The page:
How To Protect Your Home's Siding & Foundation
Whether your home is built on a slab, raised perimeter or other type of foundation, it comes in contact with bare earth. However, contact with the ground is not a good thing, it is the pathway to destruction via moisture and insects. To preserve your home's exterior siding and foundation, you must ensure that dirt, dense vegetation, mulch or anything the can hold moisture against your home is properly cleared away.
Dirt and mulch are seen here piled against the structure. making the situation worse is a downspout pouring water right into the pile. Left this way, damage to the siding and framing is imminent.
Periodically and especially before the wet season, you should inspect the perimeter of your home. The concrete portion of your foundation has to be in contact with the ground, but all other materials must be have adequate clearance. Wood siding, stucco, vinyl, brick - all siding, should ideally have at least 6 to 8 inches clearance above the ground. Any clearance is better than none. If the adjacent ground is concrete, such as part of a patio or a sidewalk, it still requires the same clearance as bare earth.
The reason for this clearance requirement is that while moisture will rot wood and damage other siding, even if the ground isn't holding water against the siding, rain splashes up and soaks the siding. Also, the closer to the ground the siding, the more easily termites can go undetected and the more easily rodents can bore their way into your home.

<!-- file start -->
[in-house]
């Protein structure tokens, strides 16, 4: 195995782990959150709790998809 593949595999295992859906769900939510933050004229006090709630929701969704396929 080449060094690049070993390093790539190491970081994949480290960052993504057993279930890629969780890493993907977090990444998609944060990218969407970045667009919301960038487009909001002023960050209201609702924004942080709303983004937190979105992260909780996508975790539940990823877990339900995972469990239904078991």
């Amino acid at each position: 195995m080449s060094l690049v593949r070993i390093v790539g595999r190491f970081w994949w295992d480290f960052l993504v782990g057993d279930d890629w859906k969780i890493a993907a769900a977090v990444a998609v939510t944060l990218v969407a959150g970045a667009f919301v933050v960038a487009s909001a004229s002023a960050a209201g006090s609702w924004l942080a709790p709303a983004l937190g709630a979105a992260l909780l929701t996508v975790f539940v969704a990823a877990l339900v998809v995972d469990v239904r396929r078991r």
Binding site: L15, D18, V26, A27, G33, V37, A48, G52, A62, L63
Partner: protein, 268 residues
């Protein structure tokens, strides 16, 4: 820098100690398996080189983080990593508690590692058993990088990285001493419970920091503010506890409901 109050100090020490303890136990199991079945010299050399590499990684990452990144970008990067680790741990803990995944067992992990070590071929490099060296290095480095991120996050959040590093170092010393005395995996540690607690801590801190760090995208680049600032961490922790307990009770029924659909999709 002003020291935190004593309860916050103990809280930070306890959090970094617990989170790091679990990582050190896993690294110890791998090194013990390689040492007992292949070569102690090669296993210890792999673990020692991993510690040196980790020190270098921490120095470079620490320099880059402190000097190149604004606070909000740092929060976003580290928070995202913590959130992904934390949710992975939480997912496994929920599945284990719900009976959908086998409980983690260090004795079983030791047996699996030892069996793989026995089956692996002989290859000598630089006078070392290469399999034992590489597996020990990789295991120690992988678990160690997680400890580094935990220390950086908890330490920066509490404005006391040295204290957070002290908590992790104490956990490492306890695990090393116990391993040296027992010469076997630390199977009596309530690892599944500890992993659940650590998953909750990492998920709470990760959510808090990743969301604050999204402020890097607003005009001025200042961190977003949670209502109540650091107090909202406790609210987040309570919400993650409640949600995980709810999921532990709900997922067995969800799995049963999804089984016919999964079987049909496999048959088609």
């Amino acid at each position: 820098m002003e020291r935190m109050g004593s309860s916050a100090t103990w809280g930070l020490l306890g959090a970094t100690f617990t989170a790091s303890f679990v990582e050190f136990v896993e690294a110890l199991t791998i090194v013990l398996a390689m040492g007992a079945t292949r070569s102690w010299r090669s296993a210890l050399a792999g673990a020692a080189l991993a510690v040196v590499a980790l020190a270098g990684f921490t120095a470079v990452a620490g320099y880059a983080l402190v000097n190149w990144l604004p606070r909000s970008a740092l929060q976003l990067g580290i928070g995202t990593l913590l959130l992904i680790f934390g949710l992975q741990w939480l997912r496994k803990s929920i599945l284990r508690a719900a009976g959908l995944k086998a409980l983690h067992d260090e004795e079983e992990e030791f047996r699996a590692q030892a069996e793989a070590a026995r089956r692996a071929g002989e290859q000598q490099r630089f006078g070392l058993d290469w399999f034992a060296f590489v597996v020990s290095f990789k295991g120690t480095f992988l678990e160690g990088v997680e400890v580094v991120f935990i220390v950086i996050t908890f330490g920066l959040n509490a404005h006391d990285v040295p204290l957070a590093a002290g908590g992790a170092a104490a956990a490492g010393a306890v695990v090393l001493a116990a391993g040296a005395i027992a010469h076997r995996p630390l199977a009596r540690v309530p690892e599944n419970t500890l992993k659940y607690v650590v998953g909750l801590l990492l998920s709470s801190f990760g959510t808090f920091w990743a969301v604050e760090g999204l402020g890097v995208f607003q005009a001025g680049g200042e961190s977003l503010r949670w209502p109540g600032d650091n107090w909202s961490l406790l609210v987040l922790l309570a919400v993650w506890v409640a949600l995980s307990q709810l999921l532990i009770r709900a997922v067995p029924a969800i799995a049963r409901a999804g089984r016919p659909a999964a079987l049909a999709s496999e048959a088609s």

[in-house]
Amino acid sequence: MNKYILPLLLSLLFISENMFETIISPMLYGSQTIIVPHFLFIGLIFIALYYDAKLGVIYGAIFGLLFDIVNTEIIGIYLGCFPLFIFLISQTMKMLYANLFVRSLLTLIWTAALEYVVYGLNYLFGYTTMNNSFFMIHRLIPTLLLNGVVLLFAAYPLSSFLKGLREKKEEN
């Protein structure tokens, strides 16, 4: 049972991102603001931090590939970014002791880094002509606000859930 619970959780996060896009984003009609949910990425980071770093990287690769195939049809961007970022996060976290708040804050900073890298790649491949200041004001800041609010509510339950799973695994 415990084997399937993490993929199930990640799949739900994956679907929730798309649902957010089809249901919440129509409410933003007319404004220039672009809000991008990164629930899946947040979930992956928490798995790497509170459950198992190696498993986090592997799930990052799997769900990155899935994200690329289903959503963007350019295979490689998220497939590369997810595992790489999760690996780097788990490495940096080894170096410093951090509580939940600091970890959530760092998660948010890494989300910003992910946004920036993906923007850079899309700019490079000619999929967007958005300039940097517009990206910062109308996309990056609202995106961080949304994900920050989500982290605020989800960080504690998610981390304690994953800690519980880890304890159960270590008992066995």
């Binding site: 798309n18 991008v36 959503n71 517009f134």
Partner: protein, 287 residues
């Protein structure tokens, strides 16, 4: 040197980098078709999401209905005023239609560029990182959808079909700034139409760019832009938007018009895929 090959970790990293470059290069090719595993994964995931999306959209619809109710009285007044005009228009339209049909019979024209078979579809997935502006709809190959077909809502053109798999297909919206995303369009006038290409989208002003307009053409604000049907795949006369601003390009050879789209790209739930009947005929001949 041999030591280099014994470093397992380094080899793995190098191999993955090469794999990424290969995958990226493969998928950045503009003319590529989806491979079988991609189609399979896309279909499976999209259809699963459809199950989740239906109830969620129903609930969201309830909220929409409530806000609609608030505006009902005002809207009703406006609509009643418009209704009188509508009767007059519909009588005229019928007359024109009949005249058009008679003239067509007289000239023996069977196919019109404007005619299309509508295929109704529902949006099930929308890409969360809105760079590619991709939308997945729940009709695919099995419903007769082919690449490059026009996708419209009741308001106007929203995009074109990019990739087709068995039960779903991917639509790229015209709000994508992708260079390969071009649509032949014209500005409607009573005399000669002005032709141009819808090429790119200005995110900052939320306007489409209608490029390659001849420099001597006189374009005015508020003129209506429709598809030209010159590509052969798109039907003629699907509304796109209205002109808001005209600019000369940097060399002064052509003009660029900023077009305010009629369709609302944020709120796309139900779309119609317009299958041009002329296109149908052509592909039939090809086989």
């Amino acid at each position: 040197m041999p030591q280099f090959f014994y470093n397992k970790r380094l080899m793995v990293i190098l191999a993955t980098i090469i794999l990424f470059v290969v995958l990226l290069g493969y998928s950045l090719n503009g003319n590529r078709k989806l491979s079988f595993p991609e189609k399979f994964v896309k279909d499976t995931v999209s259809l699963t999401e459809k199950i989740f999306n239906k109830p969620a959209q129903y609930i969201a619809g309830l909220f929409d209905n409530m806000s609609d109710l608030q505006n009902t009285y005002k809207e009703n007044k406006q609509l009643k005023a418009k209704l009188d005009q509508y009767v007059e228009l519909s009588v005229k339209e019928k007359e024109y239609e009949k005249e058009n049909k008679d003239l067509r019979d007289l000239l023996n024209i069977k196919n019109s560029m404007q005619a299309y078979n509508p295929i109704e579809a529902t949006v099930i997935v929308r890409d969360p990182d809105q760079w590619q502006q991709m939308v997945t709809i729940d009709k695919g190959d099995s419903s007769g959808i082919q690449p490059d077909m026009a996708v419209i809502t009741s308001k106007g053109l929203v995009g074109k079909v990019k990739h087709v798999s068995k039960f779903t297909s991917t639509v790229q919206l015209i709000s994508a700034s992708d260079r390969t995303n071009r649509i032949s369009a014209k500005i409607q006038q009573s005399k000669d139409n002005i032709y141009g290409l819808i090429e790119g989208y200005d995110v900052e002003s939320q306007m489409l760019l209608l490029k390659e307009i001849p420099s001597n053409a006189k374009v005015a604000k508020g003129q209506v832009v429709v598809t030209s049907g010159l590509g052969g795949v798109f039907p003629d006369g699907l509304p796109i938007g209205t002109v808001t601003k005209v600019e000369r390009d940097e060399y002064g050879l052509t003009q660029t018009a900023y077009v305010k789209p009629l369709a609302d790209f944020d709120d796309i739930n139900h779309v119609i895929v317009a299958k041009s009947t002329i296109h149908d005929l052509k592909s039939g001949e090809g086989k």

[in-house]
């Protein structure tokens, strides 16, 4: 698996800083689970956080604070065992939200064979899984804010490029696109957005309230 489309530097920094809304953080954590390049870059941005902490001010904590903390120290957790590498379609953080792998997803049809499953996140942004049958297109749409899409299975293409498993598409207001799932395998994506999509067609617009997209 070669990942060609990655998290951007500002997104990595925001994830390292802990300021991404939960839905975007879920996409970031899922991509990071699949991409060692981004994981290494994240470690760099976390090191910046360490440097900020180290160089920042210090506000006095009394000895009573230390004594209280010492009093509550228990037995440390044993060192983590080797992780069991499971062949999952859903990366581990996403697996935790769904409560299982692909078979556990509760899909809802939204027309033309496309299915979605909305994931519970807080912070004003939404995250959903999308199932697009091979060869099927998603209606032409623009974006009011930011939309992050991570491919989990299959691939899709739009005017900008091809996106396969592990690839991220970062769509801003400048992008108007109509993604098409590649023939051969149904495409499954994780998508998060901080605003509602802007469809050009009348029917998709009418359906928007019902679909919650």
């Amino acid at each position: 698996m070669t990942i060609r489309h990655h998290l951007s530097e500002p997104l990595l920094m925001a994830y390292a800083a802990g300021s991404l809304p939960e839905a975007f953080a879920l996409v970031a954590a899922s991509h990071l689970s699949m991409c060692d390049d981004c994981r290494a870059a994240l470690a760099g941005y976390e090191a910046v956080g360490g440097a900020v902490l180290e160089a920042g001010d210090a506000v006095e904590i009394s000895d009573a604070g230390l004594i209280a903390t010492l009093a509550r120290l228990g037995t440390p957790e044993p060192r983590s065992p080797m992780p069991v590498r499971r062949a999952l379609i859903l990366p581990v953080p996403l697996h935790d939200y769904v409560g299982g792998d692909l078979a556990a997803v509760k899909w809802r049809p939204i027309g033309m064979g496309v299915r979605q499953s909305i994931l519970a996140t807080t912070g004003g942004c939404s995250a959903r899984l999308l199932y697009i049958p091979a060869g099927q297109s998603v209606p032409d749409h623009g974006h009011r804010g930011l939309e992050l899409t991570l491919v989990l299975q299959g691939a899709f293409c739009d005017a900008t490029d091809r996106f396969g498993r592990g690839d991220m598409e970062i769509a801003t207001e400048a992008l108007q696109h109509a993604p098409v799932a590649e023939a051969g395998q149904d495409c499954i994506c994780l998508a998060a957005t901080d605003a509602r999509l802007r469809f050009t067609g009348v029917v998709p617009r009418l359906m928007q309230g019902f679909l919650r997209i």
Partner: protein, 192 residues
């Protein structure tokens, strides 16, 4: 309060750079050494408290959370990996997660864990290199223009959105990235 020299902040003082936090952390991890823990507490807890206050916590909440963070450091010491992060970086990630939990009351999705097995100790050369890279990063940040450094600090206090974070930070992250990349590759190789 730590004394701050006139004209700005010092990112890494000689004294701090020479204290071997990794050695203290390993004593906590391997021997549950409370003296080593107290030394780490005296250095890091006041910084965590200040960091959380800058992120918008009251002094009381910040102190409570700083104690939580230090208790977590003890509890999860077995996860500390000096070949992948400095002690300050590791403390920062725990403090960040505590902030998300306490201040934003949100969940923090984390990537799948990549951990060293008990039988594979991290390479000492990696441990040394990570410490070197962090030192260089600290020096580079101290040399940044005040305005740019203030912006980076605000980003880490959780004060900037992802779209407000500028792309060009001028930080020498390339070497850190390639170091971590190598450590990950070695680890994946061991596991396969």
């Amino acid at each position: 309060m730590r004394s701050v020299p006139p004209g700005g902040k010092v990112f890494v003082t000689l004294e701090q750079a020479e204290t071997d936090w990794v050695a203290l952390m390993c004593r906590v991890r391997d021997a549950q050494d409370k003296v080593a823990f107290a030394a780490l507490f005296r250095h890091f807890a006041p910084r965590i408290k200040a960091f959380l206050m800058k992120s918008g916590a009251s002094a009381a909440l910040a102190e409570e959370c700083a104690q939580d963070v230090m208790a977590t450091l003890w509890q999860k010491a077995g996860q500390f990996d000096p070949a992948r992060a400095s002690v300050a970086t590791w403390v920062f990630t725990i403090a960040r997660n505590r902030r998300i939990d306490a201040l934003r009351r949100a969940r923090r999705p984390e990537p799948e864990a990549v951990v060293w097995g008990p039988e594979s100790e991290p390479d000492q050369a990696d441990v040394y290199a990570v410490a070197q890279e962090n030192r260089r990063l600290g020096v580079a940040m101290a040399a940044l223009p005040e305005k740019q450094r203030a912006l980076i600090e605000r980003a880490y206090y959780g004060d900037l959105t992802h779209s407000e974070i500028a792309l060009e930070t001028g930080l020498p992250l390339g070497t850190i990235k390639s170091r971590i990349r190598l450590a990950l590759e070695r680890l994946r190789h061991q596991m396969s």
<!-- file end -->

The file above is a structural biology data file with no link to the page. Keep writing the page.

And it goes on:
Remove dirt or other material to lower the grade until proper clearance is created. It isn't always possible to provide the required clearance. Don't try to create clearance by trenching next to the foundation. Creating a trough for rainwater to collect is probably worse than having inadequate clearance. What you can do is make sure the ground slopes away from the foundation so water will run off. Make sure all downspouts have splash blocks or even better, extenders to carry the water away from the foundation.
Cutting back plants from the walls is a good idea, especially dense foliage and ivy. Plants can hold moisture against the building, slow down the drying effect of circulating air and they provide a hiding place for rodents. Cutting plants back just a few inches is all that is needed.
While you are inspecting the perimeter, keep an eye out for mud tubes going from the ground up to the siding. These tubes are little termite highways. Termites build them to protect themselves from sunlight and predators. If you find the tubes, note there locations, destroy them and take appropriate steps to treat for termites and inspect for structural damage.
Inspection is easy and should take no more than 10 minutes. Remedying any problems you find will be easy in most cases. A small amount of effort will pay large dividends in protecting your most valuable asset. Don't let a simple problem cause serious damage to your home.